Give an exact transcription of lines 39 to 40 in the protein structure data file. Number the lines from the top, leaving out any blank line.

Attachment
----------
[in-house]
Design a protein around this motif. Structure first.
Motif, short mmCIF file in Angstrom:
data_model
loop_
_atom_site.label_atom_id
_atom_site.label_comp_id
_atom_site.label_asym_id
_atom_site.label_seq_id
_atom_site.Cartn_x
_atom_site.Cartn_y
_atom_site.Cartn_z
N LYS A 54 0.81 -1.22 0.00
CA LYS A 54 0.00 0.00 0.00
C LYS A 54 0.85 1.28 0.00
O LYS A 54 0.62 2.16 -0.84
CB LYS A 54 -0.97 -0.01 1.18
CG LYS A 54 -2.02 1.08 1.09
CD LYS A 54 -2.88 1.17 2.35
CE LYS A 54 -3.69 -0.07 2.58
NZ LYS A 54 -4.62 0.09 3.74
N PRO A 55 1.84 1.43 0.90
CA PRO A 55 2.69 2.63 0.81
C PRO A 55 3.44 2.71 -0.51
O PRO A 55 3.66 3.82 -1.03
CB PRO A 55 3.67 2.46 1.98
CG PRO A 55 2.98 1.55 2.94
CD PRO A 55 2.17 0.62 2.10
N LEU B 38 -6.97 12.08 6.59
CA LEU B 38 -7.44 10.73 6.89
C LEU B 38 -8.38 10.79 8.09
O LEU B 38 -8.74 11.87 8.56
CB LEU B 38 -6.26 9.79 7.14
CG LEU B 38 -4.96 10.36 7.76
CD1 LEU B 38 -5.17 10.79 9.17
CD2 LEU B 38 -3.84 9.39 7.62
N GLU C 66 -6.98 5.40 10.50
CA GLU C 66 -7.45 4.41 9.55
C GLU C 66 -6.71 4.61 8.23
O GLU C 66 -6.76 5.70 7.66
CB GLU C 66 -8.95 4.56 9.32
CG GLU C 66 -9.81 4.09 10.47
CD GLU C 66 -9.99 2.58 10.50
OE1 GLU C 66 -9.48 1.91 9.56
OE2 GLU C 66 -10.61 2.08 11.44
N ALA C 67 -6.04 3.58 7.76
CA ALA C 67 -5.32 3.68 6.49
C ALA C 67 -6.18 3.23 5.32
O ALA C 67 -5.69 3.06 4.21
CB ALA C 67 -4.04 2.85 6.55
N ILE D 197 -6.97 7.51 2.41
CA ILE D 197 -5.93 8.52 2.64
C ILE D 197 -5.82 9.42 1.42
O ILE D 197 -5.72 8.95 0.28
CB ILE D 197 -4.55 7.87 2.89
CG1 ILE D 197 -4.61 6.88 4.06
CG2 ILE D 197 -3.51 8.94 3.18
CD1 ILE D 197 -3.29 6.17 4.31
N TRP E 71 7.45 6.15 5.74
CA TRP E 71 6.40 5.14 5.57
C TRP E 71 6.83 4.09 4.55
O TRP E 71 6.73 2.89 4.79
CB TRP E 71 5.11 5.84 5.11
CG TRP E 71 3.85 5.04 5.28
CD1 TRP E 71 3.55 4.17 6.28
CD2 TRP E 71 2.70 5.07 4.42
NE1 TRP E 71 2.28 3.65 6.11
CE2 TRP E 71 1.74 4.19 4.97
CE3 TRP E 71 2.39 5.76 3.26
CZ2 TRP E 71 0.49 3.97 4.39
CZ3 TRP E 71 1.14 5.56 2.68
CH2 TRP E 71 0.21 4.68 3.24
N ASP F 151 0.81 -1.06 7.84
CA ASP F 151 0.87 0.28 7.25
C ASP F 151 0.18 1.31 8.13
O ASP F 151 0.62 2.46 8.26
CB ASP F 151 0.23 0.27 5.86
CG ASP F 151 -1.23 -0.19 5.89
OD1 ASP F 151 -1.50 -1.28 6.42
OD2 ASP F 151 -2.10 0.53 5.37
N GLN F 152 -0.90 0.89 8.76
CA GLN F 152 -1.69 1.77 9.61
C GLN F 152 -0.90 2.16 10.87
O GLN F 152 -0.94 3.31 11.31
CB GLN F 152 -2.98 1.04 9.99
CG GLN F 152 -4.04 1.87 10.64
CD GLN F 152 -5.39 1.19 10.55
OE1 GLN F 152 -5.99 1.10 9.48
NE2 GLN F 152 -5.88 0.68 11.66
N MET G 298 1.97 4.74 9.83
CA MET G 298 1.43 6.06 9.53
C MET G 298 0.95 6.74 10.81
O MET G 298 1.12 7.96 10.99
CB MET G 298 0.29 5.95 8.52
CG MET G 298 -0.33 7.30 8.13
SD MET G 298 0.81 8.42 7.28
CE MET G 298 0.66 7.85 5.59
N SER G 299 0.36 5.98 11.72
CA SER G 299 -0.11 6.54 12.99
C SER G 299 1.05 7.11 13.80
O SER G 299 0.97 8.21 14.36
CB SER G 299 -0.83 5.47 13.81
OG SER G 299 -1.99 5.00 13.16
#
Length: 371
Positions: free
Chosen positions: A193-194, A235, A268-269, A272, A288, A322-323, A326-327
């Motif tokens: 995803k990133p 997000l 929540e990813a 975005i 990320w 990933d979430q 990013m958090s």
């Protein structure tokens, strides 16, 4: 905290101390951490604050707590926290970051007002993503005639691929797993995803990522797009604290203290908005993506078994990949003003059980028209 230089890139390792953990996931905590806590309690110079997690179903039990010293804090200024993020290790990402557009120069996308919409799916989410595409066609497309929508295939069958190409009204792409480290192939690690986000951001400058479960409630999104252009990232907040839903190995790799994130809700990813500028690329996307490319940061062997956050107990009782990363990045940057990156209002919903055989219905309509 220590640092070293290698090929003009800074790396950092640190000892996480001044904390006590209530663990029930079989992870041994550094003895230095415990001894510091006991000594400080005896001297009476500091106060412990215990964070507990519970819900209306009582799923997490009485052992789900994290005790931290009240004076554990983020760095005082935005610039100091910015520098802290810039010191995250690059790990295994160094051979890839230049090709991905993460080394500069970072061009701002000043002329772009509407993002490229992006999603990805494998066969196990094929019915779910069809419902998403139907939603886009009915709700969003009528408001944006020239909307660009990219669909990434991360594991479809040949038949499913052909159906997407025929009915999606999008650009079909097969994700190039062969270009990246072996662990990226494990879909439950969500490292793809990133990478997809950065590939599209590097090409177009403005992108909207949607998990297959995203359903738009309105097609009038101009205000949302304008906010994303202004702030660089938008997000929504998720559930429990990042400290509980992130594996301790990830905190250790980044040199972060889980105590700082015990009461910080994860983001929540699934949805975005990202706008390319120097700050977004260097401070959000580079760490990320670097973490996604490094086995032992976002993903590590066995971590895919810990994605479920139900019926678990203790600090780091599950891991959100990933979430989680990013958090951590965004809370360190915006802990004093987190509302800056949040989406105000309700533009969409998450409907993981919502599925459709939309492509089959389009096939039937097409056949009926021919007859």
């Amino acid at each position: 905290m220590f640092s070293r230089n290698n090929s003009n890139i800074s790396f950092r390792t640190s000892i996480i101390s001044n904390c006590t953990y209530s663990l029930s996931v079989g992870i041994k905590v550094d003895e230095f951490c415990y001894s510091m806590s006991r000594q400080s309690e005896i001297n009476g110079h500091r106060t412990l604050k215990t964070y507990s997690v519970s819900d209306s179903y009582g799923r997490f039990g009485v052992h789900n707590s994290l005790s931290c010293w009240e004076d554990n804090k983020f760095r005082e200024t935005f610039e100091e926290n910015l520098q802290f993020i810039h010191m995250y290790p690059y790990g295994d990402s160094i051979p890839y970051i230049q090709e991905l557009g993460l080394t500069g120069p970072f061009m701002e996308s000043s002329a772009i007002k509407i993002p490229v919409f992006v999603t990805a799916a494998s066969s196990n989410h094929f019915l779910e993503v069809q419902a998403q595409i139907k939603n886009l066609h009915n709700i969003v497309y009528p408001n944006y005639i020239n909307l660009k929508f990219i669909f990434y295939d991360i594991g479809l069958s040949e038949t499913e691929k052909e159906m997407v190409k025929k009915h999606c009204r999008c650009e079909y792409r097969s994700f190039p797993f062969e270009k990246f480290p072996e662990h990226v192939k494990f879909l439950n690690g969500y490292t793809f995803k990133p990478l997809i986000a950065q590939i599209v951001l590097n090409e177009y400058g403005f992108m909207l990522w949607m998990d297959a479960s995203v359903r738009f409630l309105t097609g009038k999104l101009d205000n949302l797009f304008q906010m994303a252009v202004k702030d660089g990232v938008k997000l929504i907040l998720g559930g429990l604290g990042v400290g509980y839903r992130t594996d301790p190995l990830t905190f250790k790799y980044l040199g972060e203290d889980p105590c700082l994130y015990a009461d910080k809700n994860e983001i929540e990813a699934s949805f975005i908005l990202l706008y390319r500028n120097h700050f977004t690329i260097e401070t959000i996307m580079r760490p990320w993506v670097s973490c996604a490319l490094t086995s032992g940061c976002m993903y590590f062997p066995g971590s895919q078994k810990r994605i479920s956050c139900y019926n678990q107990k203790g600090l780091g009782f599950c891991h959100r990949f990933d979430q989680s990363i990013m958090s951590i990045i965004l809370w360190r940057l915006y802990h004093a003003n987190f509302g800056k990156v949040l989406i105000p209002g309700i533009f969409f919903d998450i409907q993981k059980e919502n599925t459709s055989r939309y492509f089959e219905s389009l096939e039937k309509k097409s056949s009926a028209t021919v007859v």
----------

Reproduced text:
C GLU C 66 -6.71 4.61 8.23
O GLU C 66 -6.76 5.70 7.66